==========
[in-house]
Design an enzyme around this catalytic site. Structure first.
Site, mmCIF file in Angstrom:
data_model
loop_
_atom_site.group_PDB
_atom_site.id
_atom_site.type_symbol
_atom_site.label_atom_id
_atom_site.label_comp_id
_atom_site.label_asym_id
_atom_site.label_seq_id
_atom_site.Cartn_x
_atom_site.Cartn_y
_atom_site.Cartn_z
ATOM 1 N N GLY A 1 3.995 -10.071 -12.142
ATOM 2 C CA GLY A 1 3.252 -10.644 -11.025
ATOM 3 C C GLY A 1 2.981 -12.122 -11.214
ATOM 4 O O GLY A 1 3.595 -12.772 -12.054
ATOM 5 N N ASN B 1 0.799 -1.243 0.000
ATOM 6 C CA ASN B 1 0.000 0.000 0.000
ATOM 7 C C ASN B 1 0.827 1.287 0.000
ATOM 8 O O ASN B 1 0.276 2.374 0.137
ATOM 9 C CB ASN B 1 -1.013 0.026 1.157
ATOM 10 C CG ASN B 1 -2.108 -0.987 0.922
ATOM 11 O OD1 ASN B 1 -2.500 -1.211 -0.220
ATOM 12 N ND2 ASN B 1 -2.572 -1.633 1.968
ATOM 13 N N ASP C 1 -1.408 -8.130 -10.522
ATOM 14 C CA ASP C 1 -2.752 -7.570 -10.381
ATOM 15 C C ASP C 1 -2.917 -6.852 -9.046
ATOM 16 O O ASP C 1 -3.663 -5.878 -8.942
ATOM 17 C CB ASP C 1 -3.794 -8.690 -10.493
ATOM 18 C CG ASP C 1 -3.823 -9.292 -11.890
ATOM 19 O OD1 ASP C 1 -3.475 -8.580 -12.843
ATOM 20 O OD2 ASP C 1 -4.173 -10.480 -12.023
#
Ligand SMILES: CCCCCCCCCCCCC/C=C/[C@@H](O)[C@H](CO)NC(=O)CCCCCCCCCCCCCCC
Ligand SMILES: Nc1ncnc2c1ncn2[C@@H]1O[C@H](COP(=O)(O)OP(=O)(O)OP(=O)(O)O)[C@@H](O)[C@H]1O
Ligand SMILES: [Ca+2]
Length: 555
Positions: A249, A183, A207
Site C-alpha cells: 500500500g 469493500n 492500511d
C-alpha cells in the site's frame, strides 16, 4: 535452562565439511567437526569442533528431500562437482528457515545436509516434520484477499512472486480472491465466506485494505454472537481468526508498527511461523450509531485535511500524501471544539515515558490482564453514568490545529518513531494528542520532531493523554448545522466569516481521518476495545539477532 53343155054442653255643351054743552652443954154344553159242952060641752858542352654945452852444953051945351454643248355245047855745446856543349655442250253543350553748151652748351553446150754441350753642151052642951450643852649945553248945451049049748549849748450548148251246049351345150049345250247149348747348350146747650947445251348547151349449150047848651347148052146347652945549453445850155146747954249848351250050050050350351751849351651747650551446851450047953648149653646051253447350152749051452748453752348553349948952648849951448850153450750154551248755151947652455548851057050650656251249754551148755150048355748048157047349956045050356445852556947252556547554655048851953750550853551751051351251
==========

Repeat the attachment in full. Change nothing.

[in-house]
Design an enzyme around this catalytic site. Structure first.
Site, mmCIF file in Angstrom:
data_model
loop_
_atom_site.group_PDB
_atom_site.id
_atom_site.type_symbol
_atom_site.label_atom_id
_atom_site.label_comp_id
_atom_site.label_asym_id
_atom_site.label_seq_id
_atom_site.Cartn_x
_atom_site.Cartn_y
_atom_site.Cartn_z
ATOM 1 N N GLY A 1 3.995 -10.071 -12.142
ATOM 2 C CA GLY A 1 3.252 -10.644 -11.025
ATOM 3 C C GLY A 1 2.981 -12.122 -11.214
ATOM 4 O O GLY A 1 3.595 -12.772 -12.054
ATOM 5 N N ASN B 1 0.799 -1.243 0.000
ATOM 6 C CA ASN B 1 0.000 0.000 0.000
ATOM 7 C C ASN B 1 0.827 1.287 0.000
ATOM 8 O O ASN B 1 0.276 2.374 0.137
ATOM 9 C CB ASN B 1 -1.013 0.026 1.157
ATOM 10 C CG ASN B 1 -2.108 -0.987 0.922
ATOM 11 O OD1 ASN B 1 -2.500 -1.211 -0.220
ATOM 12 N ND2 ASN B 1 -2.572 -1.633 1.968
ATOM 13 N N ASP C 1 -1.408 -8.130 -10.522
ATOM 14 C CA ASP C 1 -2.752 -7.570 -10.381
ATOM 15 C C ASP C 1 -2.917 -6.852 -9.046
ATOM 16 O O ASP C 1 -3.663 -5.878 -8.942
ATOM 17 C CB ASP C 1 -3.794 -8.690 -10.493
ATOM 18 C CG ASP C 1 -3.823 -9.292 -11.890
ATOM 19 O OD1 ASP C 1 -3.475 -8.580 -12.843
ATOM 20 O OD2 ASP C 1 -4.173 -10.480 -12.023
#
Ligand SMILES: CCCCCCCCCCCCC/C=C/[C@@H](O)[C@H](CO)NC(=O)CCCCCCCCCCCCCCC
Ligand SMILES: Nc1ncnc2c1ncn2[C@@H]1O[C@H](COP(=O)(O)OP(=O)(O)OP(=O)(O)O)[C@@H](O)[C@H]1O
Ligand SMILES: [Ca+2]
Length: 555
Positions: A249, A183, A207
Site C-alpha cells: 500500500g 469493500n 492500511d
C-alpha cells in the site's frame, strides 16, 4: 535452562565439511567437526569442533528431500562437482528457515545436509516434520484477499512472486480472491465466506485494505454472537481468526508498527511461523450509531485535511500524501471544539515515558490482564453514568490545529518513531494528542520532531493523554448545522466569516481521518476495545539477532 53343155054442653255643351054743552652443954154344553159242952060641752858542352654945452852444953051945351454643248355245047855745446856543349655442250253543350553748151652748351553446150754441350753642151052642951450643852649945553248945451049049748549849748450548148251246049351345150049345250247149348747348350146747650947445251348547151349449150047848651347148052146347652945549453445850155146747954249848351250050050050350351751849351651747650551446851450047953648149653646051253447350152749051452748453752348553349948952648849951448850153450750154551248755151947652455548851057050650656251249754551148755150048355748048157047349956045050356445852556947252556547554655048851953750550853551751051351251